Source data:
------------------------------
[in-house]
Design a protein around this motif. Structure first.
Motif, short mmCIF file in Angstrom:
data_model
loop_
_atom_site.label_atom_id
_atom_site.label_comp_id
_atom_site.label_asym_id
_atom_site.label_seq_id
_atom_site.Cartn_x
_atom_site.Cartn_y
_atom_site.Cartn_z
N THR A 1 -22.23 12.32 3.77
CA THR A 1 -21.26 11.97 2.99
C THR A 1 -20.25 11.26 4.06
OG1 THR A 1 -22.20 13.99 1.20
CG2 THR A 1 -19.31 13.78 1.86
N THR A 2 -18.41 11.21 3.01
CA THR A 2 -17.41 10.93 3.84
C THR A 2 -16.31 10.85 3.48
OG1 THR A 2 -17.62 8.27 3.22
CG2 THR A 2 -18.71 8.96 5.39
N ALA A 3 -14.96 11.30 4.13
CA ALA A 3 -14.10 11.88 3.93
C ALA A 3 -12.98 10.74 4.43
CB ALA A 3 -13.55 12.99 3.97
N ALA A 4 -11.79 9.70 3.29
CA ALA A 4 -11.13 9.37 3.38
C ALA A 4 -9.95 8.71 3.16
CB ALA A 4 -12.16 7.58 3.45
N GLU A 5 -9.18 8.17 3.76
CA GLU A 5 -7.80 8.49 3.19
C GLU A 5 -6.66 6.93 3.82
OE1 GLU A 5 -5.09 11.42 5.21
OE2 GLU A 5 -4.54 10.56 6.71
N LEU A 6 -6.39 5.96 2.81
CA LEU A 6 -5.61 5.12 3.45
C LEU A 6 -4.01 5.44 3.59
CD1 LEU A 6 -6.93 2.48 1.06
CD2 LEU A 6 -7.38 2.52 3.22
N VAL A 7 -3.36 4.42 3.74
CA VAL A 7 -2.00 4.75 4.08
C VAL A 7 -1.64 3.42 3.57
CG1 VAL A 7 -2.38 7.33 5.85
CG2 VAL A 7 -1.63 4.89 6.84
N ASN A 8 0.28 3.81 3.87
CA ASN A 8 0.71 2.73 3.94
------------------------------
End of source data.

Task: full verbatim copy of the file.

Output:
[in-house]
Design a protein around this motif. Structure first.
Motif, short mmCIF file in Angstrom:
data_model
loop_
_atom_site.label_atom_id
_atom_site.label_comp_id
_atom_site.label_asym_id
_atom_site.label_seq_id
_atom_site.Cartn_x
_atom_site.Cartn_y
_atom_site.Cartn_z
N THR A 1 -22.23 12.32 3.77
CA THR A 1 -21.26 11.97 2.99
C THR A 1 -20.25 11.26 4.06
OG1 THR A 1 -22.20 13.99 1.20
CG2 THR A 1 -19.31 13.78 1.86
N THR A 2 -18.41 11.21 3.01
CA THR A 2 -17.41 10.93 3.84
C THR A 2 -16.31 10.85 3.48
OG1 THR A 2 -17.62 8.27 3.22
CG2 THR A 2 -18.71 8.96 5.39
N ALA A 3 -14.96 11.30 4.13
CA ALA A 3 -14.10 11.88 3.93
C ALA A 3 -12.98 10.74 4.43
CB ALA A 3 -13.55 12.99 3.97
N ALA A 4 -11.79 9.70 3.29
CA ALA A 4 -11.13 9.37 3.38
C ALA A 4 -9.95 8.71 3.16
CB ALA A 4 -12.16 7.58 3.45
N GLU A 5 -9.18 8.17 3.76
CA GLU A 5 -7.80 8.49 3.19
C GLU A 5 -6.66 6.93 3.82
OE1 GLU A 5 -5.09 11.42 5.21
OE2 GLU A 5 -4.54 10.56 6.71
N LEU A 6 -6.39 5.96 2.81
CA LEU A 6 -5.61 5.12 3.45
C LEU A 6 -4.01 5.44 3.59
CD1 LEU A 6 -6.93 2.48 1.06
CD2 LEU A 6 -7.38 2.52 3.22
N VAL A 7 -3.36 4.42 3.74
CA VAL A 7 -2.00 4.75 4.08
C VAL A 7 -1.64 3.42 3.57
CG1 VAL A 7 -2.38 7.33 5.85
CG2 VAL A 7 -1.63 4.89 6.84
N ASN A 8 0.28 3.81 3.87
CA ASN A 8 0.71 2.73 3.94